Black rhino

Diceros bicornis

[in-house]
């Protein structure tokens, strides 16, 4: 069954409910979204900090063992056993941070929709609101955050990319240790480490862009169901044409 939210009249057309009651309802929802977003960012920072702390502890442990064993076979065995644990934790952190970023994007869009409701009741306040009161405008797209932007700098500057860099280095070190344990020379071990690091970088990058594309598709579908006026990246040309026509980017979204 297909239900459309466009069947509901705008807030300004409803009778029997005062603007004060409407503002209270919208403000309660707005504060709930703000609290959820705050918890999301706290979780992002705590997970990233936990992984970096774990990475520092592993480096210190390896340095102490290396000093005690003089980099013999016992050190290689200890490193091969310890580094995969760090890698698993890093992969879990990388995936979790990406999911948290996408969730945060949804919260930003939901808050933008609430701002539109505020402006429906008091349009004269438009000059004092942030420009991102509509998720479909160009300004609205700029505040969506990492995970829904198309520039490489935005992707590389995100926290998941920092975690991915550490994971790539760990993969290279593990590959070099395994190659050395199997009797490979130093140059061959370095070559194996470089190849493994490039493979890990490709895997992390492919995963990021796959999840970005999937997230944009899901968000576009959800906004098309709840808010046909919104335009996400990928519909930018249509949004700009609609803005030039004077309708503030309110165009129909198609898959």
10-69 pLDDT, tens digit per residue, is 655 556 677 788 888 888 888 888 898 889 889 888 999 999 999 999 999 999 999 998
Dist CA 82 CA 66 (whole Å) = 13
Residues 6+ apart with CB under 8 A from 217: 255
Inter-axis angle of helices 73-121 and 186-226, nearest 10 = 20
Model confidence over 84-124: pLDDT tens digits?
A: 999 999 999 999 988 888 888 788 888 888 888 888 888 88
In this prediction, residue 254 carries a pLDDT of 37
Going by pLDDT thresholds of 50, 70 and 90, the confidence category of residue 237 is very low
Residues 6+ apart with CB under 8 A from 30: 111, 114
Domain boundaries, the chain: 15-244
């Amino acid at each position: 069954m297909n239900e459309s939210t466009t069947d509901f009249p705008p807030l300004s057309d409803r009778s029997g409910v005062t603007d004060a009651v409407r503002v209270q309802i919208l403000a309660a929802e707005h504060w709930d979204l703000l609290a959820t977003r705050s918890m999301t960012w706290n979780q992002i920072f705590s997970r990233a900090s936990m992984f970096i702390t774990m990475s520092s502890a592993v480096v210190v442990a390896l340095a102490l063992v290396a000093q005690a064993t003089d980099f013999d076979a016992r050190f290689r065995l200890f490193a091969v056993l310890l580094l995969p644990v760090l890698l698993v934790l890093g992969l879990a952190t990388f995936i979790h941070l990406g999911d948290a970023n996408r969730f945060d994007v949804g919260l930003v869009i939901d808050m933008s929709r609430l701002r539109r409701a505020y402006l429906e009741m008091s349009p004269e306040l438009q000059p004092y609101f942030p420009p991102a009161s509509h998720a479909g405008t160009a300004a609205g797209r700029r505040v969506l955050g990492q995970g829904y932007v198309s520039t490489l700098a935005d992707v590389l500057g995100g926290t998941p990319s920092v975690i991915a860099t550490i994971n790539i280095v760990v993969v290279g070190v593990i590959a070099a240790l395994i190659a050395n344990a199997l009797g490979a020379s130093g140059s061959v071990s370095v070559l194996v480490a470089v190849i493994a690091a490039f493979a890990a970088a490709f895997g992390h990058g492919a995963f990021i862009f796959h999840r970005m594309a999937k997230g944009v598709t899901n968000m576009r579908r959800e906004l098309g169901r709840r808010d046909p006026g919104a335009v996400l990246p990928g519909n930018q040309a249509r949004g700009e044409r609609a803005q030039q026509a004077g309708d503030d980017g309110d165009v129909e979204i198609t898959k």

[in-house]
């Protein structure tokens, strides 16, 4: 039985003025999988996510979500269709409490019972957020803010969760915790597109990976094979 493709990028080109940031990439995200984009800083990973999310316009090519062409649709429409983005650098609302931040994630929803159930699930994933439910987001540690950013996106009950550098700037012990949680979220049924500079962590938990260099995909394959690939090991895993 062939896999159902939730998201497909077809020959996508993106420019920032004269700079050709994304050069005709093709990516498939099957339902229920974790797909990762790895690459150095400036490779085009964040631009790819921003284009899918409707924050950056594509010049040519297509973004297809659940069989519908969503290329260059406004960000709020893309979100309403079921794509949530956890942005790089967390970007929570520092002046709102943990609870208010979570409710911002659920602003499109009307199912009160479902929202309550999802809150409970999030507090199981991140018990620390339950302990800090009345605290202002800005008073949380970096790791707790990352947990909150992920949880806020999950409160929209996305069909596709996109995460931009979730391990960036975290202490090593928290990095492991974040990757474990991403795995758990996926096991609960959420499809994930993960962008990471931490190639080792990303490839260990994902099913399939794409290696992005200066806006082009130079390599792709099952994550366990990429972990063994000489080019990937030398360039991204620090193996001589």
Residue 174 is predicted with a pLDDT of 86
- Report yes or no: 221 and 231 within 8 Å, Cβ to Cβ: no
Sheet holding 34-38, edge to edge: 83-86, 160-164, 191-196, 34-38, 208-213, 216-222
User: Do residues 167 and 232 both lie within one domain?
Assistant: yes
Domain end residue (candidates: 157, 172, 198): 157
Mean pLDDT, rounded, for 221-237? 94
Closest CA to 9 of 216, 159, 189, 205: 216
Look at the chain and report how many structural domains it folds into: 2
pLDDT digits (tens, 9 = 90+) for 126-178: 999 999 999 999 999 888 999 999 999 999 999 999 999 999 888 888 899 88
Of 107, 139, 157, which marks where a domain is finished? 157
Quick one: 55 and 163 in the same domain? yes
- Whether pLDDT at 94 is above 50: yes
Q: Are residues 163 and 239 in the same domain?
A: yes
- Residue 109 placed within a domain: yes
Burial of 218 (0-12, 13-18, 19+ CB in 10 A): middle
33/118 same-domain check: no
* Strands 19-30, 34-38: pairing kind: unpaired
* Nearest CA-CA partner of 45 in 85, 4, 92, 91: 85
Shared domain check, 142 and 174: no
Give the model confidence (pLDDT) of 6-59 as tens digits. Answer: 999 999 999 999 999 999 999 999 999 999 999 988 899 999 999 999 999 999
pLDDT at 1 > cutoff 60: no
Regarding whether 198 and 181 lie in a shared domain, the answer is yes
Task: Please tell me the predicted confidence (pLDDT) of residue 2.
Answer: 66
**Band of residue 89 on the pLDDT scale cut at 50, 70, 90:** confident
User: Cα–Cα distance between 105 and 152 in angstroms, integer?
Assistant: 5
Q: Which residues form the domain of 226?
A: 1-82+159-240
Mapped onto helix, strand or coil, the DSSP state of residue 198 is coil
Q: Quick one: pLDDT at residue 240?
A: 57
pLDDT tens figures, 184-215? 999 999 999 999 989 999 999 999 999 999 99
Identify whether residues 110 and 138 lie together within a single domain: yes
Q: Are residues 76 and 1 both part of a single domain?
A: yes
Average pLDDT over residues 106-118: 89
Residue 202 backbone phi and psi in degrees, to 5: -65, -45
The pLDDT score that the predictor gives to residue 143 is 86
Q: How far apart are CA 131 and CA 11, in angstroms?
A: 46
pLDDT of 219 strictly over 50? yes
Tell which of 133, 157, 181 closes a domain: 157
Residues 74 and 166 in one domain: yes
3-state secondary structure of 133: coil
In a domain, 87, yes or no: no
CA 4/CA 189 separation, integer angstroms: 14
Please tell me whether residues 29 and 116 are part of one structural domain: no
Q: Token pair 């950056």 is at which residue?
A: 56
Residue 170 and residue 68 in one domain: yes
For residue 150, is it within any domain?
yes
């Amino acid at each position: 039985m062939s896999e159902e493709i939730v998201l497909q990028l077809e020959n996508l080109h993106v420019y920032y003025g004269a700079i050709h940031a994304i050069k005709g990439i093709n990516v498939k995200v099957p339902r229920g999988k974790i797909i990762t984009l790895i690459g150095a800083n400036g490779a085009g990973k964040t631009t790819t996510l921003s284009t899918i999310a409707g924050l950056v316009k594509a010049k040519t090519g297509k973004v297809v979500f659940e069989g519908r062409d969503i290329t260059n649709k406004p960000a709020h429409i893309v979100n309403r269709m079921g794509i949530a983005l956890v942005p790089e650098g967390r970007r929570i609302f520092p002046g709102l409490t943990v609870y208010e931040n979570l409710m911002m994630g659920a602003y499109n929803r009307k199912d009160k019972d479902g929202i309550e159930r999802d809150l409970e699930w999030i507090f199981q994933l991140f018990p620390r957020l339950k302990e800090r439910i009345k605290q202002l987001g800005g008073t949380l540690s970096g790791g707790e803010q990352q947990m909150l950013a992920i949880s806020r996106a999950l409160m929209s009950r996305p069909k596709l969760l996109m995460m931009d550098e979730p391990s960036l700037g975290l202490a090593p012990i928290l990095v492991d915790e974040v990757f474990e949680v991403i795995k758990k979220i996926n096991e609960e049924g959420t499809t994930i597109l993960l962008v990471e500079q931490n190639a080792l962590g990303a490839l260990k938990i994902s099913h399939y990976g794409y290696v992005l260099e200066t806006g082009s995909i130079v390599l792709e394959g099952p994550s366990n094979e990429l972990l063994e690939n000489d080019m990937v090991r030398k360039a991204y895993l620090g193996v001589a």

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The rhino, or rhinoceros in full, is an impressive, highly distinctive mammal that originally stems from a family with an especially profuse number of species. On the basis of fossil discoveries, over one hundred species have been recorded. Today, there are only five extant species: the white rhinoceros, the black rhinoceros, the Indian rhinoceros, the Sumatran rhinoceros and the Javan rhinoceros. Their nearest relatives are horses and tapirs. Their characteristic feature, which gives the animal its name and is derived from the original Ancient Greek, is the presence of one or two horns. These are not formed by bones, rather they consist, above all else, of the protein keratin, which is also a component of hair. The horn continues to grow throughout the animal’s entire life. Black rhinos live south of the Sahara and in South and Southeast Asia. Their habitat comprises the savannah, as well as tropical rainforests in both highlands and lowlands. They mostly live solitary lives. They sight is poor, nevertheless they are able to run up to speeds as fast as 45 km/h. Rhinos are herbivores with a wide-reaching spectrum of available nutrition. The teeth, above all the molars, attest to this: a low crown and less cementum. The hunting of rhinos is still a prestigious enterprise. This skull is an old hunting trophy. The donor, Wilhelm Winterer (1879-1969), was an officer in the Imperial Schutztruppe (Protection Force) and so perhaps we may assume that he shot the animal himself. However, a more precise documentation of the object’s provenance is unavailable at present. Black rhinos are listed in Appendix I of the CITIES convention, in the EU Statute 2019/2117 (EG) as a strictly, that is to say, particularly protected species, as well as a particularly protected species under the Federal Nature Conservation Law (BNatSchG).

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